The differences are not just with the use of card, but also how the hot food is done (my area of expertise). Usually customers could apply their own sauces, but now in order to prevent lots of people touching the various sauces on offer and potentially spreading anything, it is left to me to apply. This has resulted in a whole host of comments relating to being stingy with sauces: ‘I know times are hard but come on’, or ‘I actually want to be able to taste the mustard’. I, personally, like to drown food in sauce, no actually mayo, not that fussed about other sauces. However my partner is the complete opposite, the smallest most pathetic amount of sauce you could imagine: that is what he applies to his food! But it is safer and easier to apply too little and add more than the other way, so I am justified in using a little amount of sauce! It has nothing to do with what the sauce costs! Grrrrrr! Cold drinks used to be placed on the top counter, which customers could take themselves, and then once all their selected items have been placed on top, we would charge them and handle the money. Now at the risk of people touching and then returning the item (which results in us having to clean down the bottle or can, slowing everything down), we are asking for money first: which people apparently are not pleased about. They want to feel how cold the drink is: it has come out of the fridge, which it has been in overnight and business is so slow the drinks are not being re-stocked: so trust me it is cold! (Face hitting emoji!)
All in all, it was a stressful weekend, when the amount of customers we served should not have meant it was stressful. I do not mind change and I appreciate that the changes in place are needed to keep everyone safer, which is fine. But things will be slower, things will be different. The media has pushed at the 15th June to resemble something we recognise as ‘normal’: but I do not think this is the case. ‘Normal’ whatever that really means, will not return and maybe this is not such a bad thing. But I will be grateful when it is safe again for customers to apply their own blooming sauces!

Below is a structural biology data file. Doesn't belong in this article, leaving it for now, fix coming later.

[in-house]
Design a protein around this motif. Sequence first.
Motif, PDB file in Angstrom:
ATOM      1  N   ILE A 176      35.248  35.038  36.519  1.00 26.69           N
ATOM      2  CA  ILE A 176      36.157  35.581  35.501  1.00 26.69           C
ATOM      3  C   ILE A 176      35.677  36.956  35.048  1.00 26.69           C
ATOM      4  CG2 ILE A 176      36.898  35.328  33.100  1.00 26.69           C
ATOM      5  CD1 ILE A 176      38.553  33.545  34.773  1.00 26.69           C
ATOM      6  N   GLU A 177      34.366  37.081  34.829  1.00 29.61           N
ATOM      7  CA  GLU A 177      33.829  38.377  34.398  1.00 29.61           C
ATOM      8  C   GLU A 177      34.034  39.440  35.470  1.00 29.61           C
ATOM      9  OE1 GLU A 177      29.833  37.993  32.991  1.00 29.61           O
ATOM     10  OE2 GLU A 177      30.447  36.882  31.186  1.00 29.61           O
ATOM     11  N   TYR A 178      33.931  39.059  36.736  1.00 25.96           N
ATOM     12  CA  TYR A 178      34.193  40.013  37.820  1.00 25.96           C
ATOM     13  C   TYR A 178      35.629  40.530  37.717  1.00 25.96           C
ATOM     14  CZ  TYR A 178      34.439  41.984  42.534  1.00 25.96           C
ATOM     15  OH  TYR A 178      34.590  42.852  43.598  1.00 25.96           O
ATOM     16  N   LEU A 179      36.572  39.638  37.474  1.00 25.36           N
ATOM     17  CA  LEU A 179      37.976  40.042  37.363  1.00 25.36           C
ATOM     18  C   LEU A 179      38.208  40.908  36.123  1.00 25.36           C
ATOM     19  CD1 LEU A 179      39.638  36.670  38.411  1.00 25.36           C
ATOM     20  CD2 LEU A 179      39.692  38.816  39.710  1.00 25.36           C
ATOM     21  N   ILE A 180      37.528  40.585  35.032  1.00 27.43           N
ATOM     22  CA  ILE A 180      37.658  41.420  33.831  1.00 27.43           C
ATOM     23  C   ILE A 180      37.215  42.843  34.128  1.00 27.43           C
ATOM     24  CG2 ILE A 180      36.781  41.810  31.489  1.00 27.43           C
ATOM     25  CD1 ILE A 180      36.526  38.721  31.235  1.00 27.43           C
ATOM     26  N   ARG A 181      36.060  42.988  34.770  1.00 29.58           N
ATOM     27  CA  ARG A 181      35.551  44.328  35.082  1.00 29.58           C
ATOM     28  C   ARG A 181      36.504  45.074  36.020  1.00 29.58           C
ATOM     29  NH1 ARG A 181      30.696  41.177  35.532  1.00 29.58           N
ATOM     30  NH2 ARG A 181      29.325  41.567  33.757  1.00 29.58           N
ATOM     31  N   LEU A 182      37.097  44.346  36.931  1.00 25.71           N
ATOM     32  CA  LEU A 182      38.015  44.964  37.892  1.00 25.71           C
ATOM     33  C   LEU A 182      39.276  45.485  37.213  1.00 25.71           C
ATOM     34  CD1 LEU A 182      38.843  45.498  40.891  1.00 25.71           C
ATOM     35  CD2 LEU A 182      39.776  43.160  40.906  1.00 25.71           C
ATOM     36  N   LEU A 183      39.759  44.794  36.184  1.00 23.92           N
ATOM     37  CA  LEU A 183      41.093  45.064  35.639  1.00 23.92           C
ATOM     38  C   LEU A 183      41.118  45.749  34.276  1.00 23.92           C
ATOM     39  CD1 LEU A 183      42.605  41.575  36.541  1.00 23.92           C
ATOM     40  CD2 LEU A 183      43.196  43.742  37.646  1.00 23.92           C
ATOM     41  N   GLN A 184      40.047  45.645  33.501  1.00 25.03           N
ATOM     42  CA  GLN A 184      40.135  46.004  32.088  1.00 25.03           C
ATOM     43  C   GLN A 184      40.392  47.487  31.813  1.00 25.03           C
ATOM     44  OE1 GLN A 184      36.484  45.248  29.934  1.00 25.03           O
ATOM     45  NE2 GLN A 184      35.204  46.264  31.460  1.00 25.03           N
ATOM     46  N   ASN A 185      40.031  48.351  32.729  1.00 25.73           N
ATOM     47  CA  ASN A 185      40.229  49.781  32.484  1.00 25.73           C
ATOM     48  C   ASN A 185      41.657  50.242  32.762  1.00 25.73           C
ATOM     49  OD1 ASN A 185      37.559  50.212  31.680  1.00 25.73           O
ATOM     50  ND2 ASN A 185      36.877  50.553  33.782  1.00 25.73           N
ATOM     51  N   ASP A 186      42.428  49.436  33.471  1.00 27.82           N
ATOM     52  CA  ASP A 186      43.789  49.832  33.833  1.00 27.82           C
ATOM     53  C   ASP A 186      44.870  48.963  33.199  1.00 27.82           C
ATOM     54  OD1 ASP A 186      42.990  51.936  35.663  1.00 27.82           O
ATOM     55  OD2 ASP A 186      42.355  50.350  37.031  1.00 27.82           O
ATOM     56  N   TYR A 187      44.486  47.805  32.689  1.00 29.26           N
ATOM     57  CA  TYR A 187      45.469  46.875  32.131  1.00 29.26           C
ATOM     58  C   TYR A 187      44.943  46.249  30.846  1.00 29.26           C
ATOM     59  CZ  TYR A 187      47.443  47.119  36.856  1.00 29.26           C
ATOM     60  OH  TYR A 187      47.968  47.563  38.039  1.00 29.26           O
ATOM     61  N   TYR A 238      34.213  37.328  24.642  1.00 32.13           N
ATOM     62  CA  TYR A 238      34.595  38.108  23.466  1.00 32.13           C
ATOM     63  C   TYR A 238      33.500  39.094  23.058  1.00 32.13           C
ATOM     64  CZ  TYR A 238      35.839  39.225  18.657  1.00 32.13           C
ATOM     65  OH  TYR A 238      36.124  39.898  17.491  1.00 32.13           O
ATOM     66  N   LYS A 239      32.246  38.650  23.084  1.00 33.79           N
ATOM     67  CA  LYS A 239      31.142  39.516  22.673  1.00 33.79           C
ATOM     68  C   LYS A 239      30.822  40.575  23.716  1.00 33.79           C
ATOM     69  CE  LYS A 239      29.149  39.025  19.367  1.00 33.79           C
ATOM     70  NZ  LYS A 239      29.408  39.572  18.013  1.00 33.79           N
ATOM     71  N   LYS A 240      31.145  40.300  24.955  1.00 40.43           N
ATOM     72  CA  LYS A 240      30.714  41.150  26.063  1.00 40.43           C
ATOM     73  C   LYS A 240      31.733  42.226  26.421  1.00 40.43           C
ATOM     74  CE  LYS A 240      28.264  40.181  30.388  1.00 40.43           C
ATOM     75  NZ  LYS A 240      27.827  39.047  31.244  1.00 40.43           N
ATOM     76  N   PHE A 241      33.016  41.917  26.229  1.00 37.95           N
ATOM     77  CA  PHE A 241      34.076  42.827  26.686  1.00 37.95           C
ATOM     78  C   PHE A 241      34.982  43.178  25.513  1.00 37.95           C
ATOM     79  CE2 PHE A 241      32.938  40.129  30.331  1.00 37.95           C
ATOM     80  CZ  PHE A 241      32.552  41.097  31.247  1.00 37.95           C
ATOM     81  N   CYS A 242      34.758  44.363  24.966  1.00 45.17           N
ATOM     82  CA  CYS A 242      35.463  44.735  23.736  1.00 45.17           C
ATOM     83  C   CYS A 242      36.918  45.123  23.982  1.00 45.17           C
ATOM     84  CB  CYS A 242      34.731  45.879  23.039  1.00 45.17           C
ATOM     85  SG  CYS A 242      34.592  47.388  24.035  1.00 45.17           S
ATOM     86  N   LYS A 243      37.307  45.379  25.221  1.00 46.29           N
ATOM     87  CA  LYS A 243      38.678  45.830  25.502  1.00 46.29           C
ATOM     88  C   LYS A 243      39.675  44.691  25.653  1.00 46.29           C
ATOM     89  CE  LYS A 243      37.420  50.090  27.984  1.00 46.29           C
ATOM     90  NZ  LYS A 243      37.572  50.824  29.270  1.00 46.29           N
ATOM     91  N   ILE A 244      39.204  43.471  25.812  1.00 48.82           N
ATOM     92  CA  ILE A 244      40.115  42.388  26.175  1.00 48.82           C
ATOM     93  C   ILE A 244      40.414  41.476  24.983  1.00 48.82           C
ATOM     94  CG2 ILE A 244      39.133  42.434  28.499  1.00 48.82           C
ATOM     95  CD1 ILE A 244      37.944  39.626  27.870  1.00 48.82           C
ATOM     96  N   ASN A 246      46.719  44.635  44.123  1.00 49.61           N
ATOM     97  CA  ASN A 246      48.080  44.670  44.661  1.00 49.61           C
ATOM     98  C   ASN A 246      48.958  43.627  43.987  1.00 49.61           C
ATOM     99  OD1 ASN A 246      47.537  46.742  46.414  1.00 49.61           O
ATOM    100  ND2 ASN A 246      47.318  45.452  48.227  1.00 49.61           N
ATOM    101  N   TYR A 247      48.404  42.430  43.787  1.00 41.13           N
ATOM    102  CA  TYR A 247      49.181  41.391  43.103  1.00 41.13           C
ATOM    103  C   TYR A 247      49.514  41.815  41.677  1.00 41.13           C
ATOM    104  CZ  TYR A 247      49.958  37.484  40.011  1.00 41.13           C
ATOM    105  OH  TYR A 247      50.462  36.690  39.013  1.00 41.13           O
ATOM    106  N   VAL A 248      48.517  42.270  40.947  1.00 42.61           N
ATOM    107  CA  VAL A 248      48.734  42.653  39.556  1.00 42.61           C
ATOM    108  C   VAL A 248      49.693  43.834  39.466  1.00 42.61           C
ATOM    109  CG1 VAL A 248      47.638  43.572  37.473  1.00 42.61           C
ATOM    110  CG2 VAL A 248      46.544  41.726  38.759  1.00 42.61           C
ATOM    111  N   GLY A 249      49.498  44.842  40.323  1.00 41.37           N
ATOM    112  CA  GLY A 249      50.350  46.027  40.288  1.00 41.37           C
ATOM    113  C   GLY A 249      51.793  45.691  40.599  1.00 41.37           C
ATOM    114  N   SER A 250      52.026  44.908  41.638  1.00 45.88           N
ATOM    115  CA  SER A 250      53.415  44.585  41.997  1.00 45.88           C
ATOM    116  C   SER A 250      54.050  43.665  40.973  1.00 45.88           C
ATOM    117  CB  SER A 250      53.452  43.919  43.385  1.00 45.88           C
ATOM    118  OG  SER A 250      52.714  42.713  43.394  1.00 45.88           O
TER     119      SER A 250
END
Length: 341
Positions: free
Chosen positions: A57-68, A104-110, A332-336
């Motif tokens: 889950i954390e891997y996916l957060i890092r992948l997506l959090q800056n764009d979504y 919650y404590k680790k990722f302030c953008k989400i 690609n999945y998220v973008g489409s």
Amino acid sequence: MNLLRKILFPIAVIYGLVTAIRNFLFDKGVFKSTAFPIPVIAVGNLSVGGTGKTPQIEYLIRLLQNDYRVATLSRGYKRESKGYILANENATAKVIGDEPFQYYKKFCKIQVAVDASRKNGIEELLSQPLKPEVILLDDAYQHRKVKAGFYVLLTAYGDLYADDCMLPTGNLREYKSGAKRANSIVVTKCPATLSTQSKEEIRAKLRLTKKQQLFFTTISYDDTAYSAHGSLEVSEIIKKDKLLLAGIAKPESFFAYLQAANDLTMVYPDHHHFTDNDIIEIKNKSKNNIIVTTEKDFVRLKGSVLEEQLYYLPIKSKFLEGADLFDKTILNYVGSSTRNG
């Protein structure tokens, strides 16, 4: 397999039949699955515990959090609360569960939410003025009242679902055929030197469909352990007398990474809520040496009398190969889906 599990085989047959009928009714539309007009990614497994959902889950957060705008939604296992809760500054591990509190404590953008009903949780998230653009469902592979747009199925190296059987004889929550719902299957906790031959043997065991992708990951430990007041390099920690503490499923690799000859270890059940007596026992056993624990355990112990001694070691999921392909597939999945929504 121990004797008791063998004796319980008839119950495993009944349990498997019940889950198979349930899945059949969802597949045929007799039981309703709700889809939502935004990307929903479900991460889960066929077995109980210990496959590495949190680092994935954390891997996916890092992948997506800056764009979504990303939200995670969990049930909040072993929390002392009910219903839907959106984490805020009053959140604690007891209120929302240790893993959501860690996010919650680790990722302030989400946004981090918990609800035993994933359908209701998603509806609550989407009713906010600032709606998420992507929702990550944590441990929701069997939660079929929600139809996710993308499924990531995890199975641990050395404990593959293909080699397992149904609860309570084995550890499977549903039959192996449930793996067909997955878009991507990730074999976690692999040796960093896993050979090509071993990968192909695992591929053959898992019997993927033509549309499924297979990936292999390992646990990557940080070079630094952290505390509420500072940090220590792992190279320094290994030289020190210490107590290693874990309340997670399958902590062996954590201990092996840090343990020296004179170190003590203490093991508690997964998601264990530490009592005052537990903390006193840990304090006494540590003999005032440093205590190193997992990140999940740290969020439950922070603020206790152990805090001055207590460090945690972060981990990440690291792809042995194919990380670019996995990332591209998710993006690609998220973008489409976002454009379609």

This lockdown has certainly given us time to think and perhaps reflect on a variety of topics and situations. I’ve shared a few thoughts below and I wonder just how many are universal in some way.
I need to ensure I have a structure to my day and week. I think we all need some sort of structure to our lives and that structure is often given to us by work and perhaps other sociable events such as going to the gym or going to a coffee shop. It may be that the weekly shopping provides us with an anchor, Saturday may be a shopping day or religion might dictate a visit to a place of worship on a particular day. At times I’ve found myself getting confused about what day it is, Groundhog Day, I think. However, for the most part, I think I’ve got it sorted out. My wife and I discuss our schedule every morning over a cup of coffee. We have sorted out a routine of work, daily chores, fun bits and exercise.
My willpower is tested but I can be determined. I have never been a heavy drinker, the occasional binge, yes but then who hasn’t? It is however, quite easy to slip into the habit of having a glass or two of wine in the evening, every evening and perhaps a gin and tonic or two. I can’t go anywhere so thinking about having to drive the next day is not an issue. It’s not until you start totting up the consumption that you realise maybe you might have to reign this in. ‘School nights’ are back again, no drinking in the week. I make up for it at the weekend though.
I’m not risk adverse, I just like to think I’m logical. I don’t think it takes a rocket scientist or in fact any scientist to work out that the government (particularly a Conservative government) would not enforce the cessation of most business in the country without a very, very, very good reason. Stay in has been the mantra and of course we all know how difficult it is and we all know that as usual, the most vulnerable in society have been hit the hardest by this pandemic. Logic dictates, well at least to me, that going out to any store anywhere carries a risk. Some risks are necessary, for instance a trip to the chemist to pick up a prescription, but a trip to a DIY store, really? I’m sorry but given the risks, I think it’s a no brainer. Not only do I not want to catch the virus, but I would be distraught if I thought that through my own selfishness I had passed it onto someone else.